By Amanda Parker
We can all benefit from being more involved in our communities, and giving back through volunteering not only doesn’t require a huge commitment, it creates a positive cycle of change.
There are a few great organizations that offer information on volunteer possibilities in the Chicago area — and make it easy. These organizations have websites from which you can not only select an opportunity based on the type of service you want to provide, but also one that fits your schedule. There are no extensive training courses or background checks, so if you wake up on the weekend and have some free time to commit to a good cause, you can get involved that same day.
One Brick is a non-profit organization with chapters in 12 cities across the U.S. With 195 participating groups in Chicago alone, they bring volunteers together by making it easy to support other non-profit organizations. Organizations include those that focus on community arts, environmental protection, reducing poverty, and youth. Helpful to those of us with busy schedules or varied interests, events do not require weekly or monthly commitments. The flexible nature of the organization allows you to choose a single event, but of course the event leaders always love to see volunteers come back.
I wanted to check out what One Brick was all about, so I attended an event recently at the Inspiration Cafe in Uptown. Signing up was easy — I went on the One Brick website, looked through the event calendar for an activity that interested me at a time that was convenient, and clicked the RSVP button.
When I arrived at the cafe a few days later, I met the event leaders, Jo-Elle and Colleen, who happened to be volunteers themselves. Alongside about 10 other volunteers, I helped prepare a meal from scratch that fed around 40 people who are part of the Inspiration Corporation’s support services program. The program provides social services, housing and employment training in order to help people become self-sufficient.
The environment was social, and while we cooked together in the close quarters of the kitchen, we chatted about the organization. Colleen told me a lot of One Brick events have about 10 volunteers, providing a close-knit feeling. Volunteering is often hard work, but making it fun is important, she believes.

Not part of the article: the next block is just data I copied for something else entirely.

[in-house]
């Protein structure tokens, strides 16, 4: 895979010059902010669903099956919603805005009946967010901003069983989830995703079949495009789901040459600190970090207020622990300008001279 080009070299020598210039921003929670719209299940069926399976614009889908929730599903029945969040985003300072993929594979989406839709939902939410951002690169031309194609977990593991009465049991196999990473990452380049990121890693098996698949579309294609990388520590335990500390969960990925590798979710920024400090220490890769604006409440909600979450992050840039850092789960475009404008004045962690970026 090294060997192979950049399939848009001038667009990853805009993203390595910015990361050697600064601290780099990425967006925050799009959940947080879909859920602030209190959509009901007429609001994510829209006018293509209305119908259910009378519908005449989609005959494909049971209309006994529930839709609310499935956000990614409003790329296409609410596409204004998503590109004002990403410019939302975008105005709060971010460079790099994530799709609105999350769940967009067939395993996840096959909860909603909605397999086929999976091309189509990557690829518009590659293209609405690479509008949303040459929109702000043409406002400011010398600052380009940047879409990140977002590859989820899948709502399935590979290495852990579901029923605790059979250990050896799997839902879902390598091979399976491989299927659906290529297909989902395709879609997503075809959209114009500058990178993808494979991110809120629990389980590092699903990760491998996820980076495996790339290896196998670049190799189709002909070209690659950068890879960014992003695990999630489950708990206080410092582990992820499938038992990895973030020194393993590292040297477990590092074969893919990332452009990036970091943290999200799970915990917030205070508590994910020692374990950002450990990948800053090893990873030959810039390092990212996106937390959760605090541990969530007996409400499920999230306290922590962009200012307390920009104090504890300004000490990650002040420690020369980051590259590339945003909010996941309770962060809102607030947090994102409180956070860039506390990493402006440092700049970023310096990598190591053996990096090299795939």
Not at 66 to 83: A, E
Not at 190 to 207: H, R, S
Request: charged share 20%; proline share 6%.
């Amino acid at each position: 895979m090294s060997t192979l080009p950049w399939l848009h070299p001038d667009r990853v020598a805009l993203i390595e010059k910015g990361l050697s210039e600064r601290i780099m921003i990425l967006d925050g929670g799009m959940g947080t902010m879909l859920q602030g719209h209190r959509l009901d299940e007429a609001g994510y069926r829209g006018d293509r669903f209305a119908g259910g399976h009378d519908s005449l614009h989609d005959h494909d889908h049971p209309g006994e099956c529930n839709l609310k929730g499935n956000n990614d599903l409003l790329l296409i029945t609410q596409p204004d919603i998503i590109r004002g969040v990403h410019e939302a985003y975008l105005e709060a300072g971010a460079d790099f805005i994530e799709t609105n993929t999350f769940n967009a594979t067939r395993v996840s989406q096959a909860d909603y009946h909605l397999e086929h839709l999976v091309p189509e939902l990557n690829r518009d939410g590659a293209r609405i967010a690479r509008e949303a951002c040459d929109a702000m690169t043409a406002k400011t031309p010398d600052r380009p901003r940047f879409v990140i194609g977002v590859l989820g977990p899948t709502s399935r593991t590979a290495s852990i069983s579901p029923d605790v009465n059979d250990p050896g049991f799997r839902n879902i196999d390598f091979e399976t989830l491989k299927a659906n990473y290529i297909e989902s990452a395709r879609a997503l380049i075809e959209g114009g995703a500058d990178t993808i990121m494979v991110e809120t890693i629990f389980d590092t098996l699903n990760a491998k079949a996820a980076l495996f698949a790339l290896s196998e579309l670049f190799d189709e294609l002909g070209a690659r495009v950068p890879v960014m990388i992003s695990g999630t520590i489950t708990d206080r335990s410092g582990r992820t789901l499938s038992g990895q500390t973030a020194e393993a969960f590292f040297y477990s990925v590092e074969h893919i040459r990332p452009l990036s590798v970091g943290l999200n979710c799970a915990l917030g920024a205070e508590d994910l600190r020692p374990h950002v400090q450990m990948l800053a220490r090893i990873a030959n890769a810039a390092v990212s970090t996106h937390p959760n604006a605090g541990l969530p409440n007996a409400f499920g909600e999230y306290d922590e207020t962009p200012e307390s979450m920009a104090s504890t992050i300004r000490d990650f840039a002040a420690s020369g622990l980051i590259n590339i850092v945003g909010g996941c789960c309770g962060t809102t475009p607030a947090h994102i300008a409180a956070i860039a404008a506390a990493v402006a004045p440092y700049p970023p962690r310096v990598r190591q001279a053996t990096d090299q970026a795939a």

Helping others is meaningful, but it’s also valuable to learn new skills and feel good about your place in the community. And after the Saturday session, I can confidently say that I spent some time directly benefiting others, and it doesn’t hurt that I’m now able cook something other than frozen pizzas.
Finding a one-time volunteer opportunity is a great way to spend a few hours on a weekend, and your experience might even energize you to get involved on a continual basis. I’m definitely going to participate in more One Brick events in the future, and I hope that I see some of the people I worked with again because I truly enjoyed their eagerness to make Chicago better.
Generous attitudes are contagious, and helping make positive changes in your community is easy to do. To find organizations that would benefit from your time and energy, visit http://chicago.onebrick.org
Other volunteer possibilities
The Greater Chicago Food Depository offers plenty of ways to give back almost every Tuesday through Saturday. The most common activity is helping pack up donated food in order to distribute it to food pantries, soup kitchens and shelters in Cook County. RSVP for a time slot on www.ChicagosFoodBank.org
Through Chicago Cares, you can find meaningful programs at nursing homes, interim-housing facilities, pantries and more. The website allows you to search for opportunities based on your neighborhood and your schedule. Visit www.ChicagoCares.org